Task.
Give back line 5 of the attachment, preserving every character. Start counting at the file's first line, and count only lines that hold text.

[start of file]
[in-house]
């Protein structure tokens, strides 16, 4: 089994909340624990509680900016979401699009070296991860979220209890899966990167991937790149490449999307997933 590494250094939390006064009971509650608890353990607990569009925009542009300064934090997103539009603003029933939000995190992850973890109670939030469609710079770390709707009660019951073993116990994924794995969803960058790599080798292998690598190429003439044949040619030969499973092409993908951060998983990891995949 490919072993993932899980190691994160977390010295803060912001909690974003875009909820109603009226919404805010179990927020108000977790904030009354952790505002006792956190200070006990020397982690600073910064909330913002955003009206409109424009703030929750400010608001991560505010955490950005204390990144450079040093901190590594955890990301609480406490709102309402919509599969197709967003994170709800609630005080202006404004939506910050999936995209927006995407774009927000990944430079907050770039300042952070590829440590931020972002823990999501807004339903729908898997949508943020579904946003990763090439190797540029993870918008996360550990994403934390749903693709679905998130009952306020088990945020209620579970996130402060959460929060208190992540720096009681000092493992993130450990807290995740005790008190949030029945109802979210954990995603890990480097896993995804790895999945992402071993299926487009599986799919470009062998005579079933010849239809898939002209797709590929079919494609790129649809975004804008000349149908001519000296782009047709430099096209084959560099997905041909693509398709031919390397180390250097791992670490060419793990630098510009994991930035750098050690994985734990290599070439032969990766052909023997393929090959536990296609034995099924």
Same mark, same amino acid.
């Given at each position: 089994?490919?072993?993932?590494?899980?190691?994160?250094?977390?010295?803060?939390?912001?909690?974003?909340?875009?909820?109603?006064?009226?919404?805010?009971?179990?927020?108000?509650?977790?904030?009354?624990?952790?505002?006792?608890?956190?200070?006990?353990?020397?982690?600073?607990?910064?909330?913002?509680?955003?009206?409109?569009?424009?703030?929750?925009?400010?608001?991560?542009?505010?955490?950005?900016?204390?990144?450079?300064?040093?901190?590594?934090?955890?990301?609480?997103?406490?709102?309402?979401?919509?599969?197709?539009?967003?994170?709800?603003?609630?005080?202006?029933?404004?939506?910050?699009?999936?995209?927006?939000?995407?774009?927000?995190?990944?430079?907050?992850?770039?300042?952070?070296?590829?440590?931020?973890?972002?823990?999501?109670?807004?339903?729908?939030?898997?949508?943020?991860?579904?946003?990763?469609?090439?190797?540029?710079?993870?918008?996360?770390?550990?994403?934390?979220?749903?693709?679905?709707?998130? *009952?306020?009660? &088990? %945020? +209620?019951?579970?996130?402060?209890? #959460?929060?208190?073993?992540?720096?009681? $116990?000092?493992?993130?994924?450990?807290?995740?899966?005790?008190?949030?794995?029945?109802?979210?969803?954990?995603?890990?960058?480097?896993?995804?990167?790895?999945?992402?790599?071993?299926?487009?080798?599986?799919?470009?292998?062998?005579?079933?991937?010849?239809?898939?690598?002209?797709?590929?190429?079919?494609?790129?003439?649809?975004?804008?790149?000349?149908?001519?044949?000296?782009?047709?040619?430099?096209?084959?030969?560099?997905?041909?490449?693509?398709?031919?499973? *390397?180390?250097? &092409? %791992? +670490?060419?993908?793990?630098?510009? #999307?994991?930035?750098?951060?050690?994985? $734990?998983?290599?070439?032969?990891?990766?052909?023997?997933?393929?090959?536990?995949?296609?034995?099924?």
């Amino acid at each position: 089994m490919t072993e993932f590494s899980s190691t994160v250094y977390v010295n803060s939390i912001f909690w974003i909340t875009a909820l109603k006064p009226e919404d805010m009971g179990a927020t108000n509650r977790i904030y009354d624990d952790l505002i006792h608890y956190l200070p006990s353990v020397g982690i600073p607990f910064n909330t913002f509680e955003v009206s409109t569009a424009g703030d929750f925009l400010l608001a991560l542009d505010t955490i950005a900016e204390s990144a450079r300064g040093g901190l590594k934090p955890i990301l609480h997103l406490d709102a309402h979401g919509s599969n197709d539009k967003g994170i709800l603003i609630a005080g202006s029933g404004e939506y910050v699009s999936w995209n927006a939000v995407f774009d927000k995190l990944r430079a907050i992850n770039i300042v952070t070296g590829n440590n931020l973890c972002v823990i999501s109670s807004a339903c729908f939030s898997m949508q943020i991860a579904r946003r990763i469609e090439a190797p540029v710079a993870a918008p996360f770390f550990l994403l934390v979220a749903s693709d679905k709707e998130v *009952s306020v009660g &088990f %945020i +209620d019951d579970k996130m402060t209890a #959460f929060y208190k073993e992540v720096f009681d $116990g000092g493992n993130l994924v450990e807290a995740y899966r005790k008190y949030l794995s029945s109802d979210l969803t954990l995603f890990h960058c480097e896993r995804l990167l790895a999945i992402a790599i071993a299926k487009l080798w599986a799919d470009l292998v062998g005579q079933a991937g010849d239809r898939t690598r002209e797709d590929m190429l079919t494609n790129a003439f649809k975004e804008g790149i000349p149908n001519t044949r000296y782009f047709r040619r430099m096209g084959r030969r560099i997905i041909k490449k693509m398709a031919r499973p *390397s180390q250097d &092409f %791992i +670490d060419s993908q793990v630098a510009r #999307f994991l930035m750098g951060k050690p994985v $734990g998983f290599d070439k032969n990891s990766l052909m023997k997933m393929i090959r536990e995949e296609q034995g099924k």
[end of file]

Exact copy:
């Amino acid at each position: 089994m490919t072993e993932f590494s899980s190691t994160v250094y977390v010295n803060s939390i912001f909690w974003i909340t875009a909820l109603k006064p009226e919404d805010m009971g179990a927020t108000n509650r977790i904030y009354d624990d952790l505002i006792h608890y956190l200070p006990s353990v020397g982690i600073p607990f910064n909330t913002f509680e955003v009206s409109t569009a424009g703030d929750f925009l400010l608001a991560l542009d505010t955490i950005a900016e204390s990144a450079r300064g040093g901190l590594k934090p955890i990301l609480h997103l406490d709102a309402h979401g919509s599969n197709d539009k967003g994170i709800l603003i609630a005080g202006s029933g404004e939506y910050v699009s999936w995209n927006a939000v995407f774009d927000k995190l990944r430079a907050i992850n770039i300042v952070t070296g590829n440590n931020l973890c972002v823990i999501s109670s807004a339903c729908f939030s898997m949508q943020i991860a579904r946003r990763i469609e090439a190797p540029v710079a993870a918008p996360f770390f550990l994403l934390v979220a749903s693709d679905k709707e998130v *009952s306020v009660g &088990f %945020i +209620d019951d579970k996130m402060t209890a #959460f929060y208190k073993e992540v720096f009681d $116990g000092g493992n993130l994924v450990e807290a995740y899966r005790k008190y949030l794995s029945s109802d979210l969803t954990l995603f890990h960058c480097e896993r995804l990167l790895a999945i992402a790599i071993a299926k487009l080798w599986a799919d470009l292998v062998g005579q079933a991937g010849d239809r898939t690598r002209e797709d590929m190429l079919t494609n790129a003439f649809k975004e804008g790149i000349p149908n001519t044949r000296y782009f047709r040619r430099m096209g084959r030969r560099i997905i041909k490449k693509m398709a031919r499973p *390397s180390q250097d &092409f %791992i +670490d060419s993908q793990v630098a510009r #999307f994991l930035m750098g951060k050690p994985v $734990g998983f290599d070439k032969n990891s990766l052909m023997k997933m393929i090959r536990e995949e296609q034995g099924k």